“The opportunities for retail business in Nigeria is immense. But the competition in the sector is also very intense.

“There are departmental stores in practically every neighbourhood in our urban centres around the country. There is also a strong informal sector presence in the retail sector. It is a very competitive space.”

According to the Director-General, there are also important investment climate issues that constitute downside risks to big stores like Shoprite.

He said, “These include the trade policy environment, which imposes strict restrictions on imports; the regulatory environment, which is characterised by a multitude of regulators making endless demands.

“There is also the foreign exchange policy, which has made imports and remittances difficult for foreign investors. There are challenges of infrastructure which put pressures on costs and erodes profit margins.”

The LCCI boss added, “But we need to stress that Shoprite is only divesting and selling its shares; Shoprite as a brand will remain. I am sure there are many investors who will be quite delighted to take over the shares.

“It should be noted that there are other South African firms in Nigeria doing good business. We have MTN, Multichoice, Stanbic IBTC, and Standard Chartered Bank, among others. Some of them are making more money in Nigeria than in South Africa.”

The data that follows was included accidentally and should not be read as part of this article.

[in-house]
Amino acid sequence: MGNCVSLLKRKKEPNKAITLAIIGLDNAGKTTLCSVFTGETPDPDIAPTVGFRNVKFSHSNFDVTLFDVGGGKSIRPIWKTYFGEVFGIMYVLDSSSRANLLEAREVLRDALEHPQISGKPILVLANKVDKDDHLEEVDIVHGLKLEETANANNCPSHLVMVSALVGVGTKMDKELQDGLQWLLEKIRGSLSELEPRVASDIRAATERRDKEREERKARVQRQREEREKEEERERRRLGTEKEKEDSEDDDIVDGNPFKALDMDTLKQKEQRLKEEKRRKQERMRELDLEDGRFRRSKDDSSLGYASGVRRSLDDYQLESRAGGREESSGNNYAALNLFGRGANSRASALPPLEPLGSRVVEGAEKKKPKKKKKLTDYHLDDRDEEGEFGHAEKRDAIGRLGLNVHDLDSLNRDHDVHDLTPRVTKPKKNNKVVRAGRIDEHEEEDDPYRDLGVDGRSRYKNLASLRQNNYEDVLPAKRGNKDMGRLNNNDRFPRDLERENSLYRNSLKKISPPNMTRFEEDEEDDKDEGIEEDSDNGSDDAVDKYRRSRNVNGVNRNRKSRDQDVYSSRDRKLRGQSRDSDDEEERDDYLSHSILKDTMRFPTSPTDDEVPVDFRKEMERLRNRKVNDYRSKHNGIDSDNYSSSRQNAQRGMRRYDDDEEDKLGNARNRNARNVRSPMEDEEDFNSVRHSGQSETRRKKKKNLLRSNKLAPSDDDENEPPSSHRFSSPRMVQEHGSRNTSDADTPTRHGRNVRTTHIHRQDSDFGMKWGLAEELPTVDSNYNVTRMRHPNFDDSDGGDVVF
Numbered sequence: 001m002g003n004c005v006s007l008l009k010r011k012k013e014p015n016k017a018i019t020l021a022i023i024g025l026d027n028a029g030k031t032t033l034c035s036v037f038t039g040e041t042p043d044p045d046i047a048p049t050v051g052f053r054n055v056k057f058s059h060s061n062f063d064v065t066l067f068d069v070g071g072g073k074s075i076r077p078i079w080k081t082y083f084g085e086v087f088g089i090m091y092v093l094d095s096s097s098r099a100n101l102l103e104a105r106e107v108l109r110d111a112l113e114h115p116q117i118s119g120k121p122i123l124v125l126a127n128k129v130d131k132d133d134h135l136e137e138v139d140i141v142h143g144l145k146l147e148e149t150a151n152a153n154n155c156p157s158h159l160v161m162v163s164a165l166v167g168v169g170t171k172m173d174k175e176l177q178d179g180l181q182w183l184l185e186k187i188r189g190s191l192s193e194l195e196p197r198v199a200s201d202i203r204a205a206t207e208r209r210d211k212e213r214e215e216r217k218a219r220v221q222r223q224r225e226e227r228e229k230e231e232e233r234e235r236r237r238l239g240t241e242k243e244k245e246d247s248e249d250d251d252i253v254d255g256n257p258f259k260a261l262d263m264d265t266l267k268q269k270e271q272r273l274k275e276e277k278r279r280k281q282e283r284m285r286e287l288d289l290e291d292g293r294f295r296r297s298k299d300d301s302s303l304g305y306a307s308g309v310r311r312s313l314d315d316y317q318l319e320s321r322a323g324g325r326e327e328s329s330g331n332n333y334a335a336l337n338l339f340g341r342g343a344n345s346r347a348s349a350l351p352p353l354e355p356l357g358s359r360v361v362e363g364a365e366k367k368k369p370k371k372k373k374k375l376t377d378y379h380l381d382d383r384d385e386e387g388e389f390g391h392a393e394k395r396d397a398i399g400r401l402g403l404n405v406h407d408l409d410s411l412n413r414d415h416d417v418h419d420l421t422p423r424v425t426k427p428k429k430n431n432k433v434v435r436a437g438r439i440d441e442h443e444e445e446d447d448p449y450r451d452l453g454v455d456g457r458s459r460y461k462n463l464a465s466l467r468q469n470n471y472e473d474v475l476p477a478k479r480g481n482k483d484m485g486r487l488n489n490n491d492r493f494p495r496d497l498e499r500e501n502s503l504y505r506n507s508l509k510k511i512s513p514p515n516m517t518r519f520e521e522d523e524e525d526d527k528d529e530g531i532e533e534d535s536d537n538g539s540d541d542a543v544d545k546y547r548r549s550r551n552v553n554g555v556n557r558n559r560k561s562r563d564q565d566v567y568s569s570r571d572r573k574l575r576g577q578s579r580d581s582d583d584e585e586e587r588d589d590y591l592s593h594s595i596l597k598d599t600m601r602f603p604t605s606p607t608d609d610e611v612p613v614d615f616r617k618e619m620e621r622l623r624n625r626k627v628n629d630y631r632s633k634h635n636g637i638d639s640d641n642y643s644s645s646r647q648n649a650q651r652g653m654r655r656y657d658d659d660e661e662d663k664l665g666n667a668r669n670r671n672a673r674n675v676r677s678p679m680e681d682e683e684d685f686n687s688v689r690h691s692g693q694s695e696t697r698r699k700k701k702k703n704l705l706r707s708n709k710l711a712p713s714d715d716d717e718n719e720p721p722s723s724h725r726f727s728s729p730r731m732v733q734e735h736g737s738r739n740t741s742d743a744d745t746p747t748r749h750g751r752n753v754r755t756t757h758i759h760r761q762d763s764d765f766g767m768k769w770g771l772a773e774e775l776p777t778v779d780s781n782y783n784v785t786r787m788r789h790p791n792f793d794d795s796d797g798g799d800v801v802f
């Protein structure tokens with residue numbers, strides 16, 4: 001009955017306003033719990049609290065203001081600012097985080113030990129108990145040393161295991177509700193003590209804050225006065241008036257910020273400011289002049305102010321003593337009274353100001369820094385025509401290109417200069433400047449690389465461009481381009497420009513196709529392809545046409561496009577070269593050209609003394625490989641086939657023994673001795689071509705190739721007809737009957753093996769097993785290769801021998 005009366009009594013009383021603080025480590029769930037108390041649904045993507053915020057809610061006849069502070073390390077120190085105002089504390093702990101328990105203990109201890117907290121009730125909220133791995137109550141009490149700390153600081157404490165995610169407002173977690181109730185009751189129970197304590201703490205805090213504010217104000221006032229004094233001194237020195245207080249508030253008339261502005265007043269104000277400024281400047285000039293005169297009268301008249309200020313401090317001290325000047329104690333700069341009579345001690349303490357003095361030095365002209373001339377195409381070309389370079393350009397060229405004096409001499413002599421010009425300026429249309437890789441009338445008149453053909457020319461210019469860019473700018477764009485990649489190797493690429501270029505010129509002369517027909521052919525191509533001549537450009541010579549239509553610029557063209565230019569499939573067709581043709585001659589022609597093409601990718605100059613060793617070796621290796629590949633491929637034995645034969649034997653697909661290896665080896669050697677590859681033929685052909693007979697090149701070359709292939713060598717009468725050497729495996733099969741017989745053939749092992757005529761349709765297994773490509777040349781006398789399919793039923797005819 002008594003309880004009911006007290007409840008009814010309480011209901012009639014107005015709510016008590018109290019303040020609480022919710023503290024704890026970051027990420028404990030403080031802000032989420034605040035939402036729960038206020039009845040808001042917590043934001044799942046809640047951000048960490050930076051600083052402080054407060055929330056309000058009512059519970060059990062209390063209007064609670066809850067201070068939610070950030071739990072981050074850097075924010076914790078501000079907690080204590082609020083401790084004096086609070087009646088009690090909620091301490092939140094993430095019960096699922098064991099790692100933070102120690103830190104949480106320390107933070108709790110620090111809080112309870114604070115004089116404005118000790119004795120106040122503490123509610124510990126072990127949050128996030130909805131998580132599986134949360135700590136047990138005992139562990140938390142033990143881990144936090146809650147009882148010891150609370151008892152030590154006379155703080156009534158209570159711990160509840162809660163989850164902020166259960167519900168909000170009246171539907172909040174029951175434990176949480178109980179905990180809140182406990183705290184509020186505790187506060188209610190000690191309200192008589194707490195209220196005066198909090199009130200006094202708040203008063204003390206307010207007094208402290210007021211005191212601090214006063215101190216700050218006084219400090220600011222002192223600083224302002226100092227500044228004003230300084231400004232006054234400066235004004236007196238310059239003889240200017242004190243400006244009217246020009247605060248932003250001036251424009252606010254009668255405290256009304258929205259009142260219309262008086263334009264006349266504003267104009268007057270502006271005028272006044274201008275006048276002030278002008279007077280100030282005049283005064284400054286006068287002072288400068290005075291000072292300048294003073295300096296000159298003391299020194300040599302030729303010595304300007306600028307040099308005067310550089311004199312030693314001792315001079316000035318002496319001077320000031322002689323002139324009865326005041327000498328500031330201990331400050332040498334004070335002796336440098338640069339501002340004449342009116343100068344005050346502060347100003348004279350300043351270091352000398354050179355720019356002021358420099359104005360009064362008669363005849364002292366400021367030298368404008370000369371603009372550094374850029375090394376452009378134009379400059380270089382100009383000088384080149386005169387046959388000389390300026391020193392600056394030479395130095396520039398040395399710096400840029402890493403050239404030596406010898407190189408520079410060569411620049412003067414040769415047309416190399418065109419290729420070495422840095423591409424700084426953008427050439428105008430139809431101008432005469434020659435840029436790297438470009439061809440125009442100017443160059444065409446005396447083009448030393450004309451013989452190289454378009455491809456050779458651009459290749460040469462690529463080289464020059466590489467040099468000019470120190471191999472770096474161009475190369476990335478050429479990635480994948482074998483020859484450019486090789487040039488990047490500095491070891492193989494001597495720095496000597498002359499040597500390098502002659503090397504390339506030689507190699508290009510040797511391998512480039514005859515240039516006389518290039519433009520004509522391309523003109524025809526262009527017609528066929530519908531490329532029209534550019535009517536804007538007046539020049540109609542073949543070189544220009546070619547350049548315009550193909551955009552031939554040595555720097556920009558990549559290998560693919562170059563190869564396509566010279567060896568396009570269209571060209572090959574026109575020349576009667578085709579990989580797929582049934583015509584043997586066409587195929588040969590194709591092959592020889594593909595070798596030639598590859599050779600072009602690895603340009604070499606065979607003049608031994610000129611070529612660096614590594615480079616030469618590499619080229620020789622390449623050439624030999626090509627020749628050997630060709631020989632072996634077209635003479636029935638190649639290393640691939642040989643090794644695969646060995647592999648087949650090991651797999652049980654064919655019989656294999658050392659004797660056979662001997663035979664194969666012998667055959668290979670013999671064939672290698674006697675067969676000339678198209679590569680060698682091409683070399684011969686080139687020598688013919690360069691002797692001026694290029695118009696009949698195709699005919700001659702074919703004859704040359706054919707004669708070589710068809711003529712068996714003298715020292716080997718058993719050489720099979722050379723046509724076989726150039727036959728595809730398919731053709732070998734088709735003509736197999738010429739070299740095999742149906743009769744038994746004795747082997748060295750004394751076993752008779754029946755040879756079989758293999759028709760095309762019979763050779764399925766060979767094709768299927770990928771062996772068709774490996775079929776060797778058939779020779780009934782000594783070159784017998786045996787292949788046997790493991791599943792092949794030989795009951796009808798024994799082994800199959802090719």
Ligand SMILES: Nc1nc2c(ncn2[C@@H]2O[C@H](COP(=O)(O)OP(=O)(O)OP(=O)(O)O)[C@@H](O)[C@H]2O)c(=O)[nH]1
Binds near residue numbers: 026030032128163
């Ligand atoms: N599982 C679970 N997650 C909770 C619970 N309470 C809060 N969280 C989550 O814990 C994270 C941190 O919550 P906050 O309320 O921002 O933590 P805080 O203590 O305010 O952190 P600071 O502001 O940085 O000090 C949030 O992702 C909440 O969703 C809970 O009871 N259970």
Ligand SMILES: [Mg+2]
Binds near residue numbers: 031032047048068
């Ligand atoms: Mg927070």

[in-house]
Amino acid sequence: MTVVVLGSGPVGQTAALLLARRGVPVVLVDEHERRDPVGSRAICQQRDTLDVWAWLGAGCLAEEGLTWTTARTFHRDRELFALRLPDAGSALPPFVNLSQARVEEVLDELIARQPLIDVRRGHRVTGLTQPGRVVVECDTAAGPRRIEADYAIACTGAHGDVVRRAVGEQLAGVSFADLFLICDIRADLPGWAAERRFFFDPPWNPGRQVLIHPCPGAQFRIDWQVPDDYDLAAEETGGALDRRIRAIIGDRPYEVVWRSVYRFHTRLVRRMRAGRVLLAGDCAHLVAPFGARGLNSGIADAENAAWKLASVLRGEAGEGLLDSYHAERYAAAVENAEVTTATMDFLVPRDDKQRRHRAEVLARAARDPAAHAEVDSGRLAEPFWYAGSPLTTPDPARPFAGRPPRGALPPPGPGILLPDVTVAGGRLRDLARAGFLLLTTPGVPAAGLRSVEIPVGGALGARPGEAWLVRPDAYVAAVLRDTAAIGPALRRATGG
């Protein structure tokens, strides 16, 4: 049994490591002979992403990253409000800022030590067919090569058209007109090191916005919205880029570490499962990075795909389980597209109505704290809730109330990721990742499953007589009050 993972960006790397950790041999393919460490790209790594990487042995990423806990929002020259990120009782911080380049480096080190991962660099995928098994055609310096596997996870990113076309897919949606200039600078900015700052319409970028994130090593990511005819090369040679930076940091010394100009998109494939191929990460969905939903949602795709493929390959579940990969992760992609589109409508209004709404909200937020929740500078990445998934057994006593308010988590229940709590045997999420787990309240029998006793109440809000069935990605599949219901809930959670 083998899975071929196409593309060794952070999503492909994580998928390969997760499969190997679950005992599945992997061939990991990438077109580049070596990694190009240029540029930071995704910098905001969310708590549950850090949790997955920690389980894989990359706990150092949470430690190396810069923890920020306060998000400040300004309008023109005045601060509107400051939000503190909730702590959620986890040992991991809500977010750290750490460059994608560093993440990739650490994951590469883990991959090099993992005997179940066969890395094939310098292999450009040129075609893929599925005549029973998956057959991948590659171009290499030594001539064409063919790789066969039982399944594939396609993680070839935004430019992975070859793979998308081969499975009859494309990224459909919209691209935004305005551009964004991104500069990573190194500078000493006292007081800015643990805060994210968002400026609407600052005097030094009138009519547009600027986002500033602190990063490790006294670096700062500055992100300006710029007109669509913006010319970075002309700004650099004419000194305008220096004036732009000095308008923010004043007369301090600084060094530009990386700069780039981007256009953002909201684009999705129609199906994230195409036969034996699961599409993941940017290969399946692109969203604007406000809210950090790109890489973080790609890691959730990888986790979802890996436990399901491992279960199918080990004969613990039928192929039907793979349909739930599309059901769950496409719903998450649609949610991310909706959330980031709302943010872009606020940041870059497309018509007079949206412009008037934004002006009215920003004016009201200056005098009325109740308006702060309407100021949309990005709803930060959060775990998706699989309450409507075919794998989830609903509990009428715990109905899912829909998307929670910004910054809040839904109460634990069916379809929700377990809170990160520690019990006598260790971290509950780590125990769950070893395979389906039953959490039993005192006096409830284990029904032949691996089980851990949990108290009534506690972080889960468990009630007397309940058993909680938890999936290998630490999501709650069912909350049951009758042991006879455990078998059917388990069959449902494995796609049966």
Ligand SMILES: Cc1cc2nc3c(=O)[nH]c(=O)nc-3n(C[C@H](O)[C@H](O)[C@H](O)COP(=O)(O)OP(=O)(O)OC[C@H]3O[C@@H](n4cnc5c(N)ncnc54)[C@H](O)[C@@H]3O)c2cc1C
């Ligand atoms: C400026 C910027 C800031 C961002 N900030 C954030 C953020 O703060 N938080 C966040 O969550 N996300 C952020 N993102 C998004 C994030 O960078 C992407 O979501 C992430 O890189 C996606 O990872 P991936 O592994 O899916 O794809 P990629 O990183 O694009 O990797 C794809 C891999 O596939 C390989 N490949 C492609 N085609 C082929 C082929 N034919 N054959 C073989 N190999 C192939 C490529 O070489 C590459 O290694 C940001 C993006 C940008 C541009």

He added that some sectors are more vulnerable to the challenges of the business environment than others.

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Appointments

Afrinvest Appoints Mrs. Onaghinon As COO

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Afrinvest West Africa Limited, has appointed the former head of public private partnership agency of the Edo State, Mrs Onoise Onaghinon as its chief operating officer.

Onaghinon joined Afrinvest in 2003 as an analyst in the firm’s investment banking division, rising through the ranks to become an associate, then vice president and eventually executive director & head of investment banking.

She is a seasoned veteran in the Nigerian capital markets and investment landscape with over 18 years of experience in capital raising, mergers and acquisitions, and restructurings across many industries.

In 2017, Onaghinon took a sabbatical from the Firm to head the Public Private Partnership Agency of the Edo State Government. Having acquitted herself creditably in the public sector, she has rejoined the Firm to resume as the new COO.

Speaking on the appointment, group managing director of Afrinvest, Ike Chioke, said: “over the years, Onaghinon has demonstrated great leadership, professional excellence and outstanding client commitment in driving the firm’s business units, particularly our investment banking division. We are delighted to have her back and we look forward to leveraging her cross-disciplinary experience across the Afrinvest group”.

In her new role, Onaghinon will oversee human resources, legal & compliance, internal control and general services while leading the firm’s initiatives to improve efficiency across its subsidiaries.